Language Selection

English French German Italian Portuguese Spanish

Environmentally friendly PC runs on 15 watts of power

Filed under
Gentoo

Gentil, with the help of his partner, investor, chairman and fellow Frenchman Alain Rossmann, has developed a low-cost, hassle-free, environmentally-correct PC.

You might call it a p.c. PC.

The 34-year-old chief executive of the Menlo Park, Calif.,-based Zonbu - his fourth startup - hopes consumers will pay $99 for a basic Zonbox, as he calls his system, and $12.95 a month to store their data on company servers, for a PC that generates 20 times less power than a standard PC.

Gentil said the device runs on 15 watts of power, compared to an average, full-size PC that uses 175 watts of power. Compared to a standard desktop or laptop, he estimates consumers will save about $10 a month on their home electricity bills with a Zonbox.

The Zonbox uses the Gentoo version of Linux as the core of its operating system.

more here




and 15 watts is something great?

Seriously, my Acer 5050 (turion X2, 1.6Ghz, 14 inch screen, ATI Xpress1100 IGC ) uses 14 watts under normal "office" use. Of course, it can spike up to 30 watts when under heavy use, but no doubt it has more power and versatility than this little zonbox.

Comment viewing options

Select your preferred way to display the comments and click "Save settings" to activate your changes.

More in Tux Machines

More of today's howtos

GNOME News: Black Lab Drops GNOME and Further GNOME Experiments in Meson

  • Ubuntu-Based Black Lab Enterprise Linux 11.0.1 Drops GNOME 3 for MATE Desktop
    Coming about two weeks after the release of Black Lab Enterprise Linux 11, which is based on the Ubuntu 16.04.2 LTS (Xenial Xerus) operating system using the HWE (hardware enablement) kernel from Ubuntu 16.10 (Yakkety Yak), Black Lab Enterprise Linux 11.0.1 appears to be an unexpected maintenance update addressing a few important issues reported by users lately.
  • 3.26 Developments
    My approach to development can often differ from my peers. I prefer to spend the early phase of a cycle doing lots of prototypes of various features we plan to implement. That allows me to have the confidence necessary to know early in the cycle what I can finish and where to ask for help.
  • Further experiments in Meson
    Meson is definitely getting more traction in GNOME (and other projects), with many components adding support for it in parallel to autotools, or outright switching to it. There are still bugs, here and there, and we definitely need to improve build environments — like Continuous — to support Meson out of the box, but all in all I’m really happy about not having to deal with autotools any more, as well as being able to build the G* stack much more quickly when doing continuous integration.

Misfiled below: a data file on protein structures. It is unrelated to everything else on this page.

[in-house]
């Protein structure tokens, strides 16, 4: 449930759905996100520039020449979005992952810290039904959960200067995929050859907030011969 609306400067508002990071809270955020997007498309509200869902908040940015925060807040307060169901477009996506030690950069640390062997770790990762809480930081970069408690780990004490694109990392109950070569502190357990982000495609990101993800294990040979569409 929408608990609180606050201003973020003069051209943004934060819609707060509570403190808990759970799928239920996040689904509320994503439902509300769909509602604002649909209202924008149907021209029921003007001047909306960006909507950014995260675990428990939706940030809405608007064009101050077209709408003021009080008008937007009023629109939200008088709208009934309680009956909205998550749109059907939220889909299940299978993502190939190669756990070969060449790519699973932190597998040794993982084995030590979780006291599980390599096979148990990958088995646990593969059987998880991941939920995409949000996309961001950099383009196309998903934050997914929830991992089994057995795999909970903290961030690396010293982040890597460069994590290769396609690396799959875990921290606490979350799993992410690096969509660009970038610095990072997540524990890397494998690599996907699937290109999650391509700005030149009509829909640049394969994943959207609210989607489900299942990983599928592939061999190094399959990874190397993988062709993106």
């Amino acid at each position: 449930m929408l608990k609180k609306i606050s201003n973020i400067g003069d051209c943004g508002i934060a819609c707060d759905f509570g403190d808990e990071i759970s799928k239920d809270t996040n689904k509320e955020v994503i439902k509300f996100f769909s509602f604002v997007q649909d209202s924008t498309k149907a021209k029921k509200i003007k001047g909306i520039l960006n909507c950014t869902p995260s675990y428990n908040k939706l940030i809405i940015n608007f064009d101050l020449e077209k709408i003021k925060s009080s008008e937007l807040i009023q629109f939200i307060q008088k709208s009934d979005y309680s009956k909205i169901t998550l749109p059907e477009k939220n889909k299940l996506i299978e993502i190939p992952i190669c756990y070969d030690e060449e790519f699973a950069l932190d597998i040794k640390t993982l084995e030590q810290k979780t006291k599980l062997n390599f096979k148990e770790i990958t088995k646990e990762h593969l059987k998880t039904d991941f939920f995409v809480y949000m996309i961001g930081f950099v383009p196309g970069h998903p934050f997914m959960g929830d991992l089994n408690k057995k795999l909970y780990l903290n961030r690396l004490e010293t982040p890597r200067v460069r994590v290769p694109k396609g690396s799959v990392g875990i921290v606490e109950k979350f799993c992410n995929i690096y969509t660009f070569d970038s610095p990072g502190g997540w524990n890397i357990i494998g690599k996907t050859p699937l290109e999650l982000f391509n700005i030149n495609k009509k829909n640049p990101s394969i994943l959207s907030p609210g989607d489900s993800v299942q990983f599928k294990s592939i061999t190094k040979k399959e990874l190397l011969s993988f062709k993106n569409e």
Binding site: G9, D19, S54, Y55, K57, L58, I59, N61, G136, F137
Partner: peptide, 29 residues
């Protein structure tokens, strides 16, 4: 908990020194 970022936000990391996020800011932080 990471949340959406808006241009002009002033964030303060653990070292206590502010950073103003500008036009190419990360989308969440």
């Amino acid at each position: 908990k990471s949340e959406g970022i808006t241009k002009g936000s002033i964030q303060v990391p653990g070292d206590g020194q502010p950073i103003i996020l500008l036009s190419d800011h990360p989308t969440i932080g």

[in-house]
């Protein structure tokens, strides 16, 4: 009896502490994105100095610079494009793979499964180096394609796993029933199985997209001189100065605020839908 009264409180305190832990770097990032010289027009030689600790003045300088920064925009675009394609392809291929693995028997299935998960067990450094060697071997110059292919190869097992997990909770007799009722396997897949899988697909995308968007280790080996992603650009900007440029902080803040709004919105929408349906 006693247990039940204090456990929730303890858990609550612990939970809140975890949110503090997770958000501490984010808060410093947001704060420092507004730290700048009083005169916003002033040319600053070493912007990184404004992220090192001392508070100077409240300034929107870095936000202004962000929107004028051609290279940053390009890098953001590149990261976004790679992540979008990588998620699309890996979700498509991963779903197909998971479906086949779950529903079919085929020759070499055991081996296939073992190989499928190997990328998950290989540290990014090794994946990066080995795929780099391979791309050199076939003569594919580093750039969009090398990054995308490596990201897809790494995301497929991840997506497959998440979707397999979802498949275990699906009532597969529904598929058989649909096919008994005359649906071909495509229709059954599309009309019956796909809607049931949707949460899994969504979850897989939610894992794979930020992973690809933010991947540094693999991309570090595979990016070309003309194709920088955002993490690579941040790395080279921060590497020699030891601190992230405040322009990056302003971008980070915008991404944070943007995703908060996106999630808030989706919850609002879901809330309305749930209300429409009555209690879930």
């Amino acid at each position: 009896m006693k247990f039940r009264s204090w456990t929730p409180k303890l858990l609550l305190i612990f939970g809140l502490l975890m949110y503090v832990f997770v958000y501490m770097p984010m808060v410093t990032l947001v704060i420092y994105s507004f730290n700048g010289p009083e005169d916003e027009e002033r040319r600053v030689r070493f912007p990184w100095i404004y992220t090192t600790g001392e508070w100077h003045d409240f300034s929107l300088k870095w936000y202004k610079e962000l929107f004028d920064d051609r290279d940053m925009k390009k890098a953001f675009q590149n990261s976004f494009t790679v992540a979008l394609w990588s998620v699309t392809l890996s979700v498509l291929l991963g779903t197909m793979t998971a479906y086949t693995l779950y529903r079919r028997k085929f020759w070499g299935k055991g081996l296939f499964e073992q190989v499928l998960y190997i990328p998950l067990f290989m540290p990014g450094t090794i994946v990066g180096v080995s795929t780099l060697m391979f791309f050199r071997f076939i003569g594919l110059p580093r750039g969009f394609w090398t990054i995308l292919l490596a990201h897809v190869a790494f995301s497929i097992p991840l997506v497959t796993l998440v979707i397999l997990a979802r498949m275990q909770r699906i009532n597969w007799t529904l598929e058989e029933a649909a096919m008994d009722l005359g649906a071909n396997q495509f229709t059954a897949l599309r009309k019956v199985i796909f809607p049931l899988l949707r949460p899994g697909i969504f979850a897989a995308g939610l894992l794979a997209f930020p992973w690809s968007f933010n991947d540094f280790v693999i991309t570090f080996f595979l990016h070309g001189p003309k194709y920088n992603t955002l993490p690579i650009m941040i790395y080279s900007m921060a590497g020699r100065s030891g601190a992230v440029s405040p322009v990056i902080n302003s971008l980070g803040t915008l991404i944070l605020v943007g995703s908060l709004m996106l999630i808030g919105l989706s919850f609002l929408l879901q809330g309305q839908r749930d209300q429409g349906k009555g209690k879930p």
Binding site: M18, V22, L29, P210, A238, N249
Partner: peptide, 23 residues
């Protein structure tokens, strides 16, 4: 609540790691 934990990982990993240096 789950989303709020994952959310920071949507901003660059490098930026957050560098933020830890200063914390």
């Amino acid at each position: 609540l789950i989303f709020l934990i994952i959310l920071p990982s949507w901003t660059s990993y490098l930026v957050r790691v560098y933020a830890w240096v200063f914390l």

Fedora and Red Hat

Debian and Derivatives

  • Reproducible Builds: week 108 in Stretch cycle
  • Debuerreotype
    The project is named “Debuerreotype” as an homage to the photography roots of the word “snapshot” and the daguerreotype process which was an early method of taking photographs. The essential goal is to create “photographs” of a minimal Debian rootfs, so the name seemed appropriate (even if it’s a bit on the “mouthful” side).
  • The end of Parsix GNU/Linux
    The Debian-based Parsix distribution has announced that it will be shutting down six months after the Debian "Stretch" release.
  • Privacy-focused Debian 9 'Stretch' Linux-based operating system Tails 3.0 reaches RC status
    If you want to keep the government and other people out of your business when surfing the web, Tails is an excellent choice. The Linux-based operating system exists solely for privacy purposes. It is designed to run from read-only media such as a DVD, so that there are limited possibilities of leaving a trail. Of course, even though it isn't ideal, you can run it from a USB flash drive too, as optical drives have largely fallen out of favor with consumers. Today, Tails achieves an important milestone. Version 3.0 reaches RC status -- meaning the first release candidate (RC1). In other words, it may soon be ready for a stable release -- if testing confirms as much. If you want to test it and provide feedback, you can download the ISO now.